Besides being located in the center of the rice industry of Louisiana which produces more rice than any other State in the Union, Lake Charles is also in the center of the oil industry and, due to this fact, together with the fact that this area was rich in many other natural resources, when the war came upon us and our Government needed high octane gasoline, rubber, and other matériel to prosecute the war, Lake Charles, having a magnificent port, was selected as the site of over $225,000,000 of war industries, foremost of which are the Cities Service Refining Corp. (high-octane gasoline refinery), Continental Oil Co. (high-octane gasoline refinery), Firestone Tire & Rubber Co. (Laytex plant, synthetic rubber), Defense Plant Corporation (ammonia, nitric acid, butadiene), Mathieson Alkali Works (caustic soda, soda ash, synthetic salt cake), and there was produced in Lake Charles more high-octane gasoline than any other portion of the country, as well as other important and necessary products for the prosecution of the war.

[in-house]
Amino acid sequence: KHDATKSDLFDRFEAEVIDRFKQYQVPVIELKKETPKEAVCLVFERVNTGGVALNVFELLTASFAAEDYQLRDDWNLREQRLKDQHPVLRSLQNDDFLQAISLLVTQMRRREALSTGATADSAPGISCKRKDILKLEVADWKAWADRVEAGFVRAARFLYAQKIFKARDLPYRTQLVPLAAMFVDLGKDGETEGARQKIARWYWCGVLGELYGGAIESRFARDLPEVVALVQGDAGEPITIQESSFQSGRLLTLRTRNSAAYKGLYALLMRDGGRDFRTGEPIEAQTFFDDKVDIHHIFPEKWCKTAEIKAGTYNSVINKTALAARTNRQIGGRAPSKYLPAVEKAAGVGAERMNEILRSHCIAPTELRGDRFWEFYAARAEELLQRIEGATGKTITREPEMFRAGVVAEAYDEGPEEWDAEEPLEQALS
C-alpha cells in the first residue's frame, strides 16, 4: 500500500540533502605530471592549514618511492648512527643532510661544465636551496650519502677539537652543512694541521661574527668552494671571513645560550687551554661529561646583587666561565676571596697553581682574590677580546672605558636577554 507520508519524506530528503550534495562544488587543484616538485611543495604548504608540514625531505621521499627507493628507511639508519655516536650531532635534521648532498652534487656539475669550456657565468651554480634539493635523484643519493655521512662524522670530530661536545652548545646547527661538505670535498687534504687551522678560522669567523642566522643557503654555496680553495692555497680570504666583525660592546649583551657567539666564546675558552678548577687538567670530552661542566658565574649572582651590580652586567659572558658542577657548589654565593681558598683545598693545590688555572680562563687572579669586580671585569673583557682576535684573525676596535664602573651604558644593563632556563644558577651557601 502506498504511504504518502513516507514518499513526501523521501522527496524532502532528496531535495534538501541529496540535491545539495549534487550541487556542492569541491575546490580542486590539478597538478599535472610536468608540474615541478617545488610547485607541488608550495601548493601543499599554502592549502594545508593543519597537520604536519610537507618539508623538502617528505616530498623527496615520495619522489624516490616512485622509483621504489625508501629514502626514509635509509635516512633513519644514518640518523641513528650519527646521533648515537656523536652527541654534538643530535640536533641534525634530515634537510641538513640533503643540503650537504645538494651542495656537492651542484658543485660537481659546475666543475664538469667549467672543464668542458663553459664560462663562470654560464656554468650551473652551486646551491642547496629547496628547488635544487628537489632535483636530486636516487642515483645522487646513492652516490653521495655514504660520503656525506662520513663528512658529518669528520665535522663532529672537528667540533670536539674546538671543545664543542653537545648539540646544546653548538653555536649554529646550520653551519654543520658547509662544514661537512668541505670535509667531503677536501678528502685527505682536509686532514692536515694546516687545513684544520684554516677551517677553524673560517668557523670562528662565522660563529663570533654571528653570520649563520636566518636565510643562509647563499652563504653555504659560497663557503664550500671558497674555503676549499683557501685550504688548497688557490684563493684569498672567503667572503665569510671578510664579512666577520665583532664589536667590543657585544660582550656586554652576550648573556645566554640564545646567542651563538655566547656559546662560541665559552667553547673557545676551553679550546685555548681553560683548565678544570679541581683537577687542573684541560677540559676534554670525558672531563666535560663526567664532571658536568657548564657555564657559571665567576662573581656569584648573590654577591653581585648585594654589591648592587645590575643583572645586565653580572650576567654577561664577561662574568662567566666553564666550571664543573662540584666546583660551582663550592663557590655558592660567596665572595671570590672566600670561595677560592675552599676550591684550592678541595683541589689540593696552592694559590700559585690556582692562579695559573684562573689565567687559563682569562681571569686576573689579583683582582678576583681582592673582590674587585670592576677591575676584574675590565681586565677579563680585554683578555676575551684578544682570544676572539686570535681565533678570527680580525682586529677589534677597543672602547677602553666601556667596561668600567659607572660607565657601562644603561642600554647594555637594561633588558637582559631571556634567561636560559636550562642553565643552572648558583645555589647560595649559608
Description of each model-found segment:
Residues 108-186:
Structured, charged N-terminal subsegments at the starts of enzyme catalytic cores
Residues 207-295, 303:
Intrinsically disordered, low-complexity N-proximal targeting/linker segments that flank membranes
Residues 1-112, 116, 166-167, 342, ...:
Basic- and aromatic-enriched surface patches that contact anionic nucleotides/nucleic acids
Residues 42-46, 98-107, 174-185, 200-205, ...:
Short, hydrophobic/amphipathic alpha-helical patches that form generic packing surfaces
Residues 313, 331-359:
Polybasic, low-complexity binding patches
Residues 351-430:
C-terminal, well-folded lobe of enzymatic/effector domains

As the war progressed there were developed larger tankers which could carry much more high-octaine gasoline than the tankers in use at the time that these plants were established but, due to the depth of the channel, these new large carrying capacity tankers could not avail themselves of the maximum amount of their tonnage, and with the advent of these larger ships, the Lake Charles channel was unable to accommodate this traffic, and as these larger ships will be used in the future, it is imperative that this channel at this important point be deepened in accordance with the recommendations of the United States Engineers.
Mr. Chairman, I will not go into a discussion of the project any further as we have present Mr. Dewitt Pyburn, department of public works, representatives of the State of Louisiana, the director of the port of Lake Charles, and others who desire to appear.